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  1. Standard member sonhouse
    Fast and Curious
    26 May '17 14:04
    https://techxplore.com/news/2017-05-power-carbon-dioxide-steam.html

    Possible 30% increase in efficiency using supercritical CO2, apparently a difficult task but leads to a turbine 1/10th the size.
  2. 26 May '17 15:35 / 2 edits
    Originally posted by sonhouse
    https://techxplore.com/news/2017-05-power-carbon-dioxide-steam.html

    Possible 30% increase in efficiency using supercritical CO2, apparently a difficult task but leads to a turbine 1/10th the size.
    Lots of strange unexplained stuff in the article. Overall, it doesn't really make sense.
    Is the CO2 being used entirely in separate cycle like the way water is? If so, how is it compressed down without using up all the energy that comes out? Water has the wonderful property of condensing all on its own when cooled at room temperature. CO2, not so much.

    Further they seem to imply that the CO2 produced by the plant is being used up in the process - complete nonsense.
  3. 26 May '17 15:40 / 1 edit
    It seems from their website:
    https://netpower.com/technology/#prettyPhoto

    That the process is closer to a car engine (or more accurately a jet engine) than a traditional steam turbine ie it is the expansion from combustion that is being utilised.
  4. Standard member DeepThought
    Losing the Thread
    26 May '17 15:51
    Originally posted by sonhouse
    https://techxplore.com/news/2017-05-power-carbon-dioxide-steam.html

    Possible 30% increase in efficiency using supercritical CO2, apparently a difficult task but leads to a turbine 1/10th the size.
    The critical point is at 30 celcius but 7.36 MPa or 73 bars[1], so the kit will need to be able to contain pretty high pressures. So the technical difficulties will surround the high pressures, but the low temperature of the critical point means they can get a very big temperature difference which will help with efficiency.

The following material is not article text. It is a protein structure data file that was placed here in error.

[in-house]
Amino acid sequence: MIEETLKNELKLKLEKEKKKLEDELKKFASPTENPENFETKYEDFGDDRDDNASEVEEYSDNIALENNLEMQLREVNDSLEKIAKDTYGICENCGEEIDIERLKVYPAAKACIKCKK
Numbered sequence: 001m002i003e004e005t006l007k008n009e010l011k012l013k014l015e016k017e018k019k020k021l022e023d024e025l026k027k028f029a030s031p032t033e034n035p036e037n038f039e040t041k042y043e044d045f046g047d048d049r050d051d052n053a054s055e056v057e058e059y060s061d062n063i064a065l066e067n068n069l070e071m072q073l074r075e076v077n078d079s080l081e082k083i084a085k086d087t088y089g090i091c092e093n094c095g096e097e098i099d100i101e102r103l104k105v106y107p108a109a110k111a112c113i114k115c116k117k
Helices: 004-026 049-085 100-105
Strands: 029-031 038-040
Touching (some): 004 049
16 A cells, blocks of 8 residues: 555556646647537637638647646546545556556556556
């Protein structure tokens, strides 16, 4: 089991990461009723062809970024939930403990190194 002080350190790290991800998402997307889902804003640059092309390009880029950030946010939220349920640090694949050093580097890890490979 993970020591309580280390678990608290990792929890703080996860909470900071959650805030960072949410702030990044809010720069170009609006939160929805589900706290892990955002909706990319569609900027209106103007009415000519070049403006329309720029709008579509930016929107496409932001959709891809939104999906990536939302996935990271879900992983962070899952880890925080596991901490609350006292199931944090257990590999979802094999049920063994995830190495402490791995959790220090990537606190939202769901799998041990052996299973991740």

[1] https://en.m.wikipedia.org/wiki/Carbon_dioxide_(data_page)#Thermodynamic_Properties
  5. 26 May '17 21:17
    Originally posted by sonhouse
    https://techxplore.com/news/2017-05-power-carbon-dioxide-steam.html

    Possible 30% increase in efficiency using supercritical CO2, apparently a difficult task but leads to a turbine 1/10th the size.
    From where do you get the CO2? From some fossil source, like burning coal?
    And what do you do with it after you've used it? Let it out in the atmosphere?
  6. Standard member sonhouse
    Fast and Curious
    26 May '17 21:34
    Originally posted by FabianFnas
    From where do you get the CO2? From some fossil source, like burning coal?
    And what do you do with it after you've used it? Let it out in the atmosphere?
    Probably a closed cycle.
  7. 27 May '17 05:44 / 1 edit
    Originally posted by sonhouse
    Probably a closed cycle.
    ---deleted---
  8. 27 May '17 06:25
    Originally posted by sonhouse
    Probably a closed cycle.
    No. The CO2 comes from the fuel source and is then sold as CO2 to people that want it. Obviously that is only sustainable for small quantities. Any claim that it does not produce CO2 is bunk. Consider it a process with built in carbon capture, but it has many of the problems of other carbon capture systems including increased cost and reduced efficiency.
    The overall process is to burn natural gas then use the pressure rather than the heat. Traditional plants have an extra step which convert heat to pressure via water.
    The problems are handling the high pressures, the fact that they use pure oxygen, what to do with impurities at the end and what to do with the CO2.

    Overall, I suspect they will fail to make it work economically and will rely on development funding.

    At the very best, it is a more efficient fossil fuel power plant with built in carbon capture.
  9. Standard member sonhouse
    Fast and Curious
    28 May '17 15:44
    Originally posted by twhitehead
    No. The CO2 comes from the fuel source and is then sold as CO2 to people that want it. Obviously that is only sustainable for small quantities. Any claim that it does not produce CO2 is bunk. Consider it a process with built in carbon capture, but it has many of the problems of other carbon capture systems including increased cost and reduced efficiency. ...[text shortened]...
    At the very best, it is a more efficient fossil fuel power plant with built in carbon capture.
    Well it probably has a better chance of success than cold fusion
  10. 28 May '17 19:14